COMMON ANTIDEPRESSANT MAY CUT PROTEIN IN ALZHEIMER'S DEVELOPMENT: U.S. STUDY

May 15, 2014

By Jane Brown

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It’s a new avenue in the hunt for drugs to prevent the devastating brain disease Alzheimer’s.  Research shows the commonly used antidepressant Celexa may cut levels of a protein that causes sticky brain plaques in Alzheimer’s patients.

First researchers at the University of Pennsylvania gave the drug to older mice and their plaques quit growing.  Then they gave a single dose to a small group of healthy young adults and their bodies’ normal production of the protein known as amyloid dropped. It will take more research to tell if that translates into brain protection.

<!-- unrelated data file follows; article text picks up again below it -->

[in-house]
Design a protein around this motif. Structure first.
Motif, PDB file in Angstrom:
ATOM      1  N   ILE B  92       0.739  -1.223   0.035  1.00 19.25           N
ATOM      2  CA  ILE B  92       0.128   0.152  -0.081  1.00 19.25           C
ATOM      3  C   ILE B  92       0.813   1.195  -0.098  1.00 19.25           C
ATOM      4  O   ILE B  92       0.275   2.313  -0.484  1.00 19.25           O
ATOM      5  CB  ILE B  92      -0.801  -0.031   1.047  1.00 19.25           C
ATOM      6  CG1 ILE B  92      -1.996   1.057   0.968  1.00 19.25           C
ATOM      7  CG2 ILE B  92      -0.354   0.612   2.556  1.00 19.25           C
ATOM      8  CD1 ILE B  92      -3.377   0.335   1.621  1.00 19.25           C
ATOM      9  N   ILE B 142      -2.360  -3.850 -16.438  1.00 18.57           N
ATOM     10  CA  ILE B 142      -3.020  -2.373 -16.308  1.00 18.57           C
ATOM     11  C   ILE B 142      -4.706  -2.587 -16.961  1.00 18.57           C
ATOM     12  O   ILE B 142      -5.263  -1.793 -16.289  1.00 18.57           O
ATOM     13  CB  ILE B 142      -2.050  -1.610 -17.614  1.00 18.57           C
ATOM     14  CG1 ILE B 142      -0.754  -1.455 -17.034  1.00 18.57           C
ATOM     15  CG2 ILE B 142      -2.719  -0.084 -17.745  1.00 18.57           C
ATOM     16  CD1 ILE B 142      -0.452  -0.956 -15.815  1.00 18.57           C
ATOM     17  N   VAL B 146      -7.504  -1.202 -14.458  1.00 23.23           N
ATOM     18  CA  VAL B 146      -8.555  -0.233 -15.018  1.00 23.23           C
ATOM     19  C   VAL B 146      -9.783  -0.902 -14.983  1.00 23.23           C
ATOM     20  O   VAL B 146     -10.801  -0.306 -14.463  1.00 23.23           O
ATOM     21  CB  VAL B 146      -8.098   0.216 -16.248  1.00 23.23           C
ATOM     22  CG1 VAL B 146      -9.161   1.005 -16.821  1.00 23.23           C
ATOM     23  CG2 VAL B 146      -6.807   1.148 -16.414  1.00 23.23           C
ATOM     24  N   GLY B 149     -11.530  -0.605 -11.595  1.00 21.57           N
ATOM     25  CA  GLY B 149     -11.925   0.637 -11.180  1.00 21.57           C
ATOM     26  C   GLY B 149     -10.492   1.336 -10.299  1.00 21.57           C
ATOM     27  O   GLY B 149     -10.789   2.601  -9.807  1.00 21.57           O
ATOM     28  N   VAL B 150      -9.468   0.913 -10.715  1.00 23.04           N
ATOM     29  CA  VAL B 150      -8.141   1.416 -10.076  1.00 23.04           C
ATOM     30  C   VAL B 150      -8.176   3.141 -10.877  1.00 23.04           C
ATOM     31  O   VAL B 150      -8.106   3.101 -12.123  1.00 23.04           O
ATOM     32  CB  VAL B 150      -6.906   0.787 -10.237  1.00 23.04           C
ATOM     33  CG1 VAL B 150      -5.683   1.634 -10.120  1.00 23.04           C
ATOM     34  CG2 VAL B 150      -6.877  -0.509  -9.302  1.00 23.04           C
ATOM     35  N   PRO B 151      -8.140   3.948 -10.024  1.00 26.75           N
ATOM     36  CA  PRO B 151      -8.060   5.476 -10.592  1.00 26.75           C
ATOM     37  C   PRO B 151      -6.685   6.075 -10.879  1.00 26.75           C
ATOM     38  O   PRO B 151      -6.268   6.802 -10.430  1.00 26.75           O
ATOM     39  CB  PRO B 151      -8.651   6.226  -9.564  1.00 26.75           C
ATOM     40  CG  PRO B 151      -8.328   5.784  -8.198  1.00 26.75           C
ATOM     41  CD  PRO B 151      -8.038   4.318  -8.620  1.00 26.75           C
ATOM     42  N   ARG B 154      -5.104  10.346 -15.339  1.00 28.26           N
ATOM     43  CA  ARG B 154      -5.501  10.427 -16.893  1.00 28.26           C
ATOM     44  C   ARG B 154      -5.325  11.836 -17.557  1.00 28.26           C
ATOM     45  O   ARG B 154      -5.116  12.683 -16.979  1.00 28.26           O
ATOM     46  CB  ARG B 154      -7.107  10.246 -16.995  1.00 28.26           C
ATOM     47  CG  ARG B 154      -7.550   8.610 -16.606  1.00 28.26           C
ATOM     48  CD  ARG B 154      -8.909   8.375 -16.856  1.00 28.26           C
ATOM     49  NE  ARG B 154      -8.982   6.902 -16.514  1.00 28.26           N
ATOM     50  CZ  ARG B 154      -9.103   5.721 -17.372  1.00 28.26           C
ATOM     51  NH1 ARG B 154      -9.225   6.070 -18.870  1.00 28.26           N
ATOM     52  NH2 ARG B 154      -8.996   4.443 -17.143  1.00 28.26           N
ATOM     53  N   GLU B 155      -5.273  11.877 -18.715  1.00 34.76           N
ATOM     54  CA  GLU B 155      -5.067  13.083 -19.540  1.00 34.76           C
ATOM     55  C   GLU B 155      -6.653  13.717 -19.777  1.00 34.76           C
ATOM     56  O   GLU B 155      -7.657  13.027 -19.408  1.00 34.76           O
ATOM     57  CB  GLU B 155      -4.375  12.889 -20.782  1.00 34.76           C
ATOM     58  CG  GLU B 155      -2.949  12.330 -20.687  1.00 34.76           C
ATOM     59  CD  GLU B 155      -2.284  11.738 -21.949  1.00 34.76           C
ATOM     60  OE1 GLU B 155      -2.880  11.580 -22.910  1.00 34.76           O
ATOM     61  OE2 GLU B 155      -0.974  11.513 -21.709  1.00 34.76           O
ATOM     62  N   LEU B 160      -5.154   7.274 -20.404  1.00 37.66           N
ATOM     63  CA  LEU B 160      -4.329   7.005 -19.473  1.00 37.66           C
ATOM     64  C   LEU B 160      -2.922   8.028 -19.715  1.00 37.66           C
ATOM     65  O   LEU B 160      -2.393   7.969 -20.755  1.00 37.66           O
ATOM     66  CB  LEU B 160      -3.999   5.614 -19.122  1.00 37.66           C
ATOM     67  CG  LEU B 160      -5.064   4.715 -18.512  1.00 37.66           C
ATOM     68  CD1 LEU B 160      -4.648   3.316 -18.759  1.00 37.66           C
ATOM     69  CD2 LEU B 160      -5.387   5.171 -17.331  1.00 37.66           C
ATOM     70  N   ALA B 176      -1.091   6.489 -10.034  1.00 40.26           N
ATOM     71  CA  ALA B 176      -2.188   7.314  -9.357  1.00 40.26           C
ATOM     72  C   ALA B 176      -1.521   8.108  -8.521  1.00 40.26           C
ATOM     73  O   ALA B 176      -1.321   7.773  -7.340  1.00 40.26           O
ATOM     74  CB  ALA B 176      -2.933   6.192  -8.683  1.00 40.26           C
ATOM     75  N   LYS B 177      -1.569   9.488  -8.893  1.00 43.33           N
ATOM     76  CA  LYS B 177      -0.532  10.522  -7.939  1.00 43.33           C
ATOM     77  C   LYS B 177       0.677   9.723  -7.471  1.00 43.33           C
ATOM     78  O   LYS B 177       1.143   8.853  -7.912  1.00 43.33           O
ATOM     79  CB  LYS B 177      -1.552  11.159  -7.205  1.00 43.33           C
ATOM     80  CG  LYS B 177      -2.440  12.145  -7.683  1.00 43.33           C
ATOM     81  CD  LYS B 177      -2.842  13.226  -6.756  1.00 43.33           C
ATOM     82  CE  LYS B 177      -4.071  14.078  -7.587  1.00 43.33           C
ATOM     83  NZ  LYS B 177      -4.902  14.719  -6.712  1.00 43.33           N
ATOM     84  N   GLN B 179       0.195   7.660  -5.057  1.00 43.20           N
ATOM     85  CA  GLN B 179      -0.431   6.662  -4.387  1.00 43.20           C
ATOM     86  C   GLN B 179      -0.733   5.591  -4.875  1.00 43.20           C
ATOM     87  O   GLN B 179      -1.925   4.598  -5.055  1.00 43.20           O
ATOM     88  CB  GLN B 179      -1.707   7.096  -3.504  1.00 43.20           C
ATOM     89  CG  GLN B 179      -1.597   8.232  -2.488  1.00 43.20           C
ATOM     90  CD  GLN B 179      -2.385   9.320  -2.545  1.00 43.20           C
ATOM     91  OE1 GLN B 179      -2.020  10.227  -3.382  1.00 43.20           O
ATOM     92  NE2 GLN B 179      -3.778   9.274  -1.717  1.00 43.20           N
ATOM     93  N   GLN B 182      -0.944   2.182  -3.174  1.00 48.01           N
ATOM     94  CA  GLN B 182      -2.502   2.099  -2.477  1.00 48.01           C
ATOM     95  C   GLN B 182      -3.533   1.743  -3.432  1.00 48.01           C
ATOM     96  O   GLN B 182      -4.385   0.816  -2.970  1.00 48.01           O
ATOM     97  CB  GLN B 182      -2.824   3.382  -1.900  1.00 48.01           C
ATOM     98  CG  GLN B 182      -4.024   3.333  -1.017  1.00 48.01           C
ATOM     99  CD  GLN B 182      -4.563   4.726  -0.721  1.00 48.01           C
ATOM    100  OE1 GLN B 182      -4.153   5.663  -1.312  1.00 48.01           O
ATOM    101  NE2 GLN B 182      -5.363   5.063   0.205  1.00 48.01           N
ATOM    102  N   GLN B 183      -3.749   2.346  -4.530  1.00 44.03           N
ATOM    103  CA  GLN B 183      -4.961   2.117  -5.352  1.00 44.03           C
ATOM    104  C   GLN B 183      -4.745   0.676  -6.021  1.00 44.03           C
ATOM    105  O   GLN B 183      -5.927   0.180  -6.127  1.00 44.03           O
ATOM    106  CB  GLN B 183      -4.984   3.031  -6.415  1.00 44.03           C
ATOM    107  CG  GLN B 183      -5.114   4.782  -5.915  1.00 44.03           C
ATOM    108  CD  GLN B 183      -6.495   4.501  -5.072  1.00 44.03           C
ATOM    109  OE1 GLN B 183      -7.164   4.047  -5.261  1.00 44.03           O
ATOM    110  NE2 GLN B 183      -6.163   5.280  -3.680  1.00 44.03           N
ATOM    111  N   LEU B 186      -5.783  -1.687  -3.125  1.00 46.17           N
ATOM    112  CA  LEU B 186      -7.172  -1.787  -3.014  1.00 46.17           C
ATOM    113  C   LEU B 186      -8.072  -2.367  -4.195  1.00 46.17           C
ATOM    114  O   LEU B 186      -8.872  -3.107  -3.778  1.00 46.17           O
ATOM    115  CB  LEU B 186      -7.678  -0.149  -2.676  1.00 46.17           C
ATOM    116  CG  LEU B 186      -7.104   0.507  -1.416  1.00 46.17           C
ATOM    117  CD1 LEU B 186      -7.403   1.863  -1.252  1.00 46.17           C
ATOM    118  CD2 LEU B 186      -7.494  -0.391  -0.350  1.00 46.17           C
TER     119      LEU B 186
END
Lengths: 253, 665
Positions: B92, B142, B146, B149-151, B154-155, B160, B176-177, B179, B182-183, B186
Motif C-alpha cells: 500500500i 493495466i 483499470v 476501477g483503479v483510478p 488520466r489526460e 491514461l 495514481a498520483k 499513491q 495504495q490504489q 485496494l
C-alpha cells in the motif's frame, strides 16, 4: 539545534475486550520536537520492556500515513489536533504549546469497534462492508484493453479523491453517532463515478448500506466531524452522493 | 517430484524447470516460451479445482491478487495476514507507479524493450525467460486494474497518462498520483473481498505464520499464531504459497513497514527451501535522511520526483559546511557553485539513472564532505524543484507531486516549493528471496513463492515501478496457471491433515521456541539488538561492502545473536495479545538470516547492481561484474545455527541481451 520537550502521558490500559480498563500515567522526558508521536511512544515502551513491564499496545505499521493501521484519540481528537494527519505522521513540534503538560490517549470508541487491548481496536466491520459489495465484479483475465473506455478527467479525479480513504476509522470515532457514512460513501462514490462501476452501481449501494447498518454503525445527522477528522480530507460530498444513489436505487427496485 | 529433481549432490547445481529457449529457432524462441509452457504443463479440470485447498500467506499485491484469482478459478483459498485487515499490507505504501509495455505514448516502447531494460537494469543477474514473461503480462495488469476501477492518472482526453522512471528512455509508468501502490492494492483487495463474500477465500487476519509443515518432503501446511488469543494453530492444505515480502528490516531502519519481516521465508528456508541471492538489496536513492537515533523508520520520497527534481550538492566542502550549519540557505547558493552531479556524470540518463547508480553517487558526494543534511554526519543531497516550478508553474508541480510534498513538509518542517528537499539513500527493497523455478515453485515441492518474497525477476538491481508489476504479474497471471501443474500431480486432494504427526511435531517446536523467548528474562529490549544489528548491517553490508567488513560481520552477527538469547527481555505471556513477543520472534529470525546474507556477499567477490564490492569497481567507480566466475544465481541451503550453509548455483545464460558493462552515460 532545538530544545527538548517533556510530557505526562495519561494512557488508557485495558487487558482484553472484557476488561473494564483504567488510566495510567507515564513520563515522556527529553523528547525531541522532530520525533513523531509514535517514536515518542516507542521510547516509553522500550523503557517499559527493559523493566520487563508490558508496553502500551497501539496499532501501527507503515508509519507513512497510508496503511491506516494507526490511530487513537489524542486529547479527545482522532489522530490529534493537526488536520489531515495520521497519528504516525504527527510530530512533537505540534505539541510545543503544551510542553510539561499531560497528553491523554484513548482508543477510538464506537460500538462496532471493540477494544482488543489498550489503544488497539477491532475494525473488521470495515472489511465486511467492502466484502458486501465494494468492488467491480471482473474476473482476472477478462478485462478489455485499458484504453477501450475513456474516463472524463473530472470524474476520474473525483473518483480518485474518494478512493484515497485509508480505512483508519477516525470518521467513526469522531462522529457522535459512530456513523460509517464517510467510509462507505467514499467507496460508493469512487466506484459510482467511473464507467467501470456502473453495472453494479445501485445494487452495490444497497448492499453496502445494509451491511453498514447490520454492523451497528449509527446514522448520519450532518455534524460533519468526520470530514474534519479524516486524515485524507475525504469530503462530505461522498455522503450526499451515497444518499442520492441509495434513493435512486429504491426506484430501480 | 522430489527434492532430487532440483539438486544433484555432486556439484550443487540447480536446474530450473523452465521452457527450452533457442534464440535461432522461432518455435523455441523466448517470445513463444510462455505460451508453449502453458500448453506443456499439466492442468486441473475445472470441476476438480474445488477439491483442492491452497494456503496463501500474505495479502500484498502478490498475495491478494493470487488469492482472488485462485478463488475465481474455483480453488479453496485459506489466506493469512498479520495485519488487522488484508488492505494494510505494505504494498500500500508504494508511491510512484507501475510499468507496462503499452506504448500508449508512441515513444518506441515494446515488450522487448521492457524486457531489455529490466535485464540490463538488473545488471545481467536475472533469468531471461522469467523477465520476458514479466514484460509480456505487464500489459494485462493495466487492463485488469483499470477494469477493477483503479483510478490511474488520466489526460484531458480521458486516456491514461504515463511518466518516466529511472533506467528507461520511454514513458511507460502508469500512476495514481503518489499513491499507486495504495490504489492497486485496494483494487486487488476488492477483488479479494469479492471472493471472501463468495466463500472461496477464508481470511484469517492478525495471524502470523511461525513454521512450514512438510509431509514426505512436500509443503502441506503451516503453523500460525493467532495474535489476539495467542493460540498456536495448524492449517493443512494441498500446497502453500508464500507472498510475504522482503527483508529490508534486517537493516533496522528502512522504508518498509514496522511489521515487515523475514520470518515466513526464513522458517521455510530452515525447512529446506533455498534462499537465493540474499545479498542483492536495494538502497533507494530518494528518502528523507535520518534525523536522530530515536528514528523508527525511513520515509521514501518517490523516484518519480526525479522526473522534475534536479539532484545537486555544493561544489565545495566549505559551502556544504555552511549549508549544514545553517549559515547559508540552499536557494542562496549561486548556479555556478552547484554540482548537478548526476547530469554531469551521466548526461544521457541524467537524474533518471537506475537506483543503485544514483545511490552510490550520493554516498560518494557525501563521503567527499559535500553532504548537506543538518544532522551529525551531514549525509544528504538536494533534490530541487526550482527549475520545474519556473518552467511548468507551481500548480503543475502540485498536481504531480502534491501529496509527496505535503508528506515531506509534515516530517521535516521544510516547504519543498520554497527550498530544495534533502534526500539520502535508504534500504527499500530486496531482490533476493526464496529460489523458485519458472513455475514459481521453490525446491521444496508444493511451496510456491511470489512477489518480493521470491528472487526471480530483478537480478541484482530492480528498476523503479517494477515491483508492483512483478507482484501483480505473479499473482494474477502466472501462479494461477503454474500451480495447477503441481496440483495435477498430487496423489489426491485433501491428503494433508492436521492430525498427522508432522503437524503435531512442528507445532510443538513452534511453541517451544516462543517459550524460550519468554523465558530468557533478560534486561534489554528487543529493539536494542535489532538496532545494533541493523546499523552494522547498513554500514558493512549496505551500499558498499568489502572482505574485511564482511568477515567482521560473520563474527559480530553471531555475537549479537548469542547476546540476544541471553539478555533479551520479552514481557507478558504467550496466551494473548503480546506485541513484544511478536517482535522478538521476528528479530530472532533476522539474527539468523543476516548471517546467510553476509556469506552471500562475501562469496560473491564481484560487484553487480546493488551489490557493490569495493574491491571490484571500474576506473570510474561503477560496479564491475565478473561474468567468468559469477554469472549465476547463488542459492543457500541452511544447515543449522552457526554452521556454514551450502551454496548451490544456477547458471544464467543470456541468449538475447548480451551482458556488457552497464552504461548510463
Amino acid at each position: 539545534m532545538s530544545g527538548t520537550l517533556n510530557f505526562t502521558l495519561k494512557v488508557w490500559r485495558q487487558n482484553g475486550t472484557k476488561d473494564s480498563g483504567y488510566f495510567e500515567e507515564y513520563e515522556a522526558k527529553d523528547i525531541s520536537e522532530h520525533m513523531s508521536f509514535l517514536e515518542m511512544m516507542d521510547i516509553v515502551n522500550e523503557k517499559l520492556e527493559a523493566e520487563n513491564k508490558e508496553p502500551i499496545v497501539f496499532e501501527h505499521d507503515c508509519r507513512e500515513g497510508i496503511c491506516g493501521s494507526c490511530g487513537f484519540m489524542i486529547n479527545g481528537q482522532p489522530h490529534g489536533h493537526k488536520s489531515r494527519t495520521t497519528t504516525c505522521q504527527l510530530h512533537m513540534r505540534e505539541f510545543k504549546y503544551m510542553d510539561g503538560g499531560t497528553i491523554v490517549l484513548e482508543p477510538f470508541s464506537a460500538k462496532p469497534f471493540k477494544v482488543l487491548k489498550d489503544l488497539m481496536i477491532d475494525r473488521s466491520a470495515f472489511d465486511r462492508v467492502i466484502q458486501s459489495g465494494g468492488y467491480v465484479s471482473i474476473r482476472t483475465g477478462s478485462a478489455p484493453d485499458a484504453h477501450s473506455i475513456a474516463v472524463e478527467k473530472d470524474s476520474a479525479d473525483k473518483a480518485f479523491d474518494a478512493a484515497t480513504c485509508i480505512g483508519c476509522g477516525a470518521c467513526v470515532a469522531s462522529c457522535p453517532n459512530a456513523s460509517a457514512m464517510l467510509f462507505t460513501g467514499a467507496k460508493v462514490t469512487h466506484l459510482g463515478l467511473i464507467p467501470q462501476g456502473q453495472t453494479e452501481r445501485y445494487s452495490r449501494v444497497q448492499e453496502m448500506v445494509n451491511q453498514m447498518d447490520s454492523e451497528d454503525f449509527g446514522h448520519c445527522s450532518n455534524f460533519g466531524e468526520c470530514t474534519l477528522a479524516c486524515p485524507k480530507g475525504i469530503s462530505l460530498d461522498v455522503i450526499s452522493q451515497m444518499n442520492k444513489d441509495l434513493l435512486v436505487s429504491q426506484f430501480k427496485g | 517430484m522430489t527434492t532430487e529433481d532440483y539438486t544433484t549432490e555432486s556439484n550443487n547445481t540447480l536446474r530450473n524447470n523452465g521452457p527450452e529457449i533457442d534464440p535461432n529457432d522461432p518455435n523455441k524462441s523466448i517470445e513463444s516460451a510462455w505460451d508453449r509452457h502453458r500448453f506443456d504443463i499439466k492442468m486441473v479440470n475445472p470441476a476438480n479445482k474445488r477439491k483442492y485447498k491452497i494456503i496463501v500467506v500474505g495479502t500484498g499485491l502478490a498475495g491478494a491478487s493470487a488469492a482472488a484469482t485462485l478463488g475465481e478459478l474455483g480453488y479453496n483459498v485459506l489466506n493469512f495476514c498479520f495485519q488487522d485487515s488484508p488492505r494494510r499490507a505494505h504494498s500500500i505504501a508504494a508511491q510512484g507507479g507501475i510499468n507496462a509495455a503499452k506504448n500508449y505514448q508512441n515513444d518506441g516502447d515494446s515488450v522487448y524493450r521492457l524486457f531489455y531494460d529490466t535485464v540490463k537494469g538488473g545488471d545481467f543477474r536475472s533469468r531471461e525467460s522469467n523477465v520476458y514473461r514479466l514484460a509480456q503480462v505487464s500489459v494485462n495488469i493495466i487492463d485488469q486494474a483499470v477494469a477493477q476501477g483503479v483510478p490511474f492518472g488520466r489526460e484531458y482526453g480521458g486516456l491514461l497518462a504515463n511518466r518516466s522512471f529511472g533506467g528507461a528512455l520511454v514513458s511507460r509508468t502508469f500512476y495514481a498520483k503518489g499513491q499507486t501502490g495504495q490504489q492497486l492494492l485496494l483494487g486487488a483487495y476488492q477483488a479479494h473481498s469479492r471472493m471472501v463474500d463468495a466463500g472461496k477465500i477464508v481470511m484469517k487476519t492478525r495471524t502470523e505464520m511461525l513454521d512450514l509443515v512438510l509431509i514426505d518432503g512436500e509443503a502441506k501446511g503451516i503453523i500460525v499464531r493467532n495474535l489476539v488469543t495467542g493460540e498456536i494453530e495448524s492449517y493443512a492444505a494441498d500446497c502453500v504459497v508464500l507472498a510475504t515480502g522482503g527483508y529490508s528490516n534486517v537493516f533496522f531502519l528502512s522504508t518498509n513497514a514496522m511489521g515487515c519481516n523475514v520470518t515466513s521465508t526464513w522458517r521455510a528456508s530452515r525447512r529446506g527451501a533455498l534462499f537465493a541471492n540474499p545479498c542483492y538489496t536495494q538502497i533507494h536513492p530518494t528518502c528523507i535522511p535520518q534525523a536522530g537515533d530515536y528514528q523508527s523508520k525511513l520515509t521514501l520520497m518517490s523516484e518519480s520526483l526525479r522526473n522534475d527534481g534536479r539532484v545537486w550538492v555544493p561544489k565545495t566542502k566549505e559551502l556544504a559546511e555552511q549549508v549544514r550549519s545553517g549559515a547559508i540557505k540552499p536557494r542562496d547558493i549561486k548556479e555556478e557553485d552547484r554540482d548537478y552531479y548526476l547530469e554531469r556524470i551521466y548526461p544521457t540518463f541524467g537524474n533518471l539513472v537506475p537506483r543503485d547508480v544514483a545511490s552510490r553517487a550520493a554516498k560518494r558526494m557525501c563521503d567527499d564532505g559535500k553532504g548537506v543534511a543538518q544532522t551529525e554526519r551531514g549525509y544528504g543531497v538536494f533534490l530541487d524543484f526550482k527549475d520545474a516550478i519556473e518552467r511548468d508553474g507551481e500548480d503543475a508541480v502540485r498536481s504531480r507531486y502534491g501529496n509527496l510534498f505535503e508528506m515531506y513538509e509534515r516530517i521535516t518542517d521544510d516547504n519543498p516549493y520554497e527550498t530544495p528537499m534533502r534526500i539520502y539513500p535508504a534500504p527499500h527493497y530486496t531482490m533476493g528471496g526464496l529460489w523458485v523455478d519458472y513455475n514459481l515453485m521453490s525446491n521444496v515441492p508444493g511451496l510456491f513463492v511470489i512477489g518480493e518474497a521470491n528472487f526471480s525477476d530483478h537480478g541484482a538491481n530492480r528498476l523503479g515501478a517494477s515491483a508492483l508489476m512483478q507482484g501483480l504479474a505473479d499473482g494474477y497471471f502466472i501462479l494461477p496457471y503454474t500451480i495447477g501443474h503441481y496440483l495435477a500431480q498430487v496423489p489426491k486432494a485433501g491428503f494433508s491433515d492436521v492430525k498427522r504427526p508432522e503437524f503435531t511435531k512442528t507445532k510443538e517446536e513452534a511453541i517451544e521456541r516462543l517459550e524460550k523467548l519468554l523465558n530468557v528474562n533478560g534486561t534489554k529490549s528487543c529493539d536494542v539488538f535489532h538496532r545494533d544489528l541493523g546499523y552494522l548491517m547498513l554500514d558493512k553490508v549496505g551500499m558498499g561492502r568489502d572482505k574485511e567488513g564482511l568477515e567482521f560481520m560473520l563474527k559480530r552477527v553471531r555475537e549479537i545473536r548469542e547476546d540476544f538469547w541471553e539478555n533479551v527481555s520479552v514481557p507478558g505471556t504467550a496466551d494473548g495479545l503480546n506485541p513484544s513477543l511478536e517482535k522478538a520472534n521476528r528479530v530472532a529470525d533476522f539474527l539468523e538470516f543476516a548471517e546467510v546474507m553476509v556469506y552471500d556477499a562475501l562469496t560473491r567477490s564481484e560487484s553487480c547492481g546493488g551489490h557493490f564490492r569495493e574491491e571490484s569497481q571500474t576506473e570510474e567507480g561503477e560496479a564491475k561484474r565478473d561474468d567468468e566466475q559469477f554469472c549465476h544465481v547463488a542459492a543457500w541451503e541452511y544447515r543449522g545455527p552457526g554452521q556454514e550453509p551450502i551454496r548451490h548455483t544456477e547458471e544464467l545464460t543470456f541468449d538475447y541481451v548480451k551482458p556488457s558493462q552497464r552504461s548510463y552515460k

Lead Author Dr. Yvette Sheline cautions that “this is not the great new hope but it is a small step.”  The findings are in Science Translational Medicine.

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